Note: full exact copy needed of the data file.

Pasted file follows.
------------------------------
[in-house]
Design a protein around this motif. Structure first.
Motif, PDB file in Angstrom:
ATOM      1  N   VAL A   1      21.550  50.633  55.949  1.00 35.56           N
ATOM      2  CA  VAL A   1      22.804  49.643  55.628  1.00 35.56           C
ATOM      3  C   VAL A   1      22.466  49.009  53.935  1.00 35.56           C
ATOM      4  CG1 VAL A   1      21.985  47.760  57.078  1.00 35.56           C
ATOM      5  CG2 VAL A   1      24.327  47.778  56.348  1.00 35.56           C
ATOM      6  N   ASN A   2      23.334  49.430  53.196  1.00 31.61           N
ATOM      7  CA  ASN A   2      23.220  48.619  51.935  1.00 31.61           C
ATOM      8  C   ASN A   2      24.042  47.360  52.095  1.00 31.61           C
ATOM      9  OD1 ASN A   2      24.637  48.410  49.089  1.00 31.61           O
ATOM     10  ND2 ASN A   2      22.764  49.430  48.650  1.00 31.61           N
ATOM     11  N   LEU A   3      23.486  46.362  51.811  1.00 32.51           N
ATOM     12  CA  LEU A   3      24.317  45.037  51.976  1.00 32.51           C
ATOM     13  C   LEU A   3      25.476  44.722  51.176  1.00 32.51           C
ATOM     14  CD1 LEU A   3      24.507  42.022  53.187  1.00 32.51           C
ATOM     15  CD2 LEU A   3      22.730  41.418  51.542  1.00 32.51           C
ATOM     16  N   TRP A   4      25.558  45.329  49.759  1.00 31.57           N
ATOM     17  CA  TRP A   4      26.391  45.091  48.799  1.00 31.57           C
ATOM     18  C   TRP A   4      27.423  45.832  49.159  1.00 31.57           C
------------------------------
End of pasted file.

[in-house]
Design a protein around this motif. Structure first.
Motif, PDB file in Angstrom:
ATOM      1  N   VAL A   1      21.550  50.633  55.949  1.00 35.56           N
ATOM      2  CA  VAL A   1      22.804  49.643  55.628  1.00 35.56           C
ATOM      3  C   VAL A   1      22.466  49.009  53.935  1.00 35.56           C
ATOM      4  CG1 VAL A   1      21.985  47.760  57.078  1.00 35.56           C
ATOM      5  CG2 VAL A   1      24.327  47.778  56.348  1.00 35.56           C
ATOM      6  N   ASN A   2      23.334  49.430  53.196  1.00 31.61           N
ATOM      7  CA  ASN A   2      23.220  48.619  51.935  1.00 31.61           C
ATOM      8  C   ASN A   2      24.042  47.360  52.095  1.00 31.61           C
ATOM      9  OD1 ASN A   2      24.637  48.410  49.089  1.00 31.61           O
ATOM     10  ND2 ASN A   2      22.764  49.430  48.650  1.00 31.61           N
ATOM     11  N   LEU A   3      23.486  46.362  51.811  1.00 32.51           N
ATOM     12  CA  LEU A   3      24.317  45.037  51.976  1.00 32.51           C
ATOM     13  C   LEU A   3      25.476  44.722  51.176  1.00 32.51           C
ATOM     14  CD1 LEU A   3      24.507  42.022  53.187  1.00 32.51           C
ATOM     15  CD2 LEU A   3      22.730  41.418  51.542  1.00 32.51           C
ATOM     16  N   TRP A   4      25.558  45.329  49.759  1.00 31.57           N
ATOM     17  CA  TRP A   4      26.391  45.091  48.799  1.00 31.57           C
ATOM     18  C   TRP A   4      27.423  45.832  49.159  1.00 31.57           C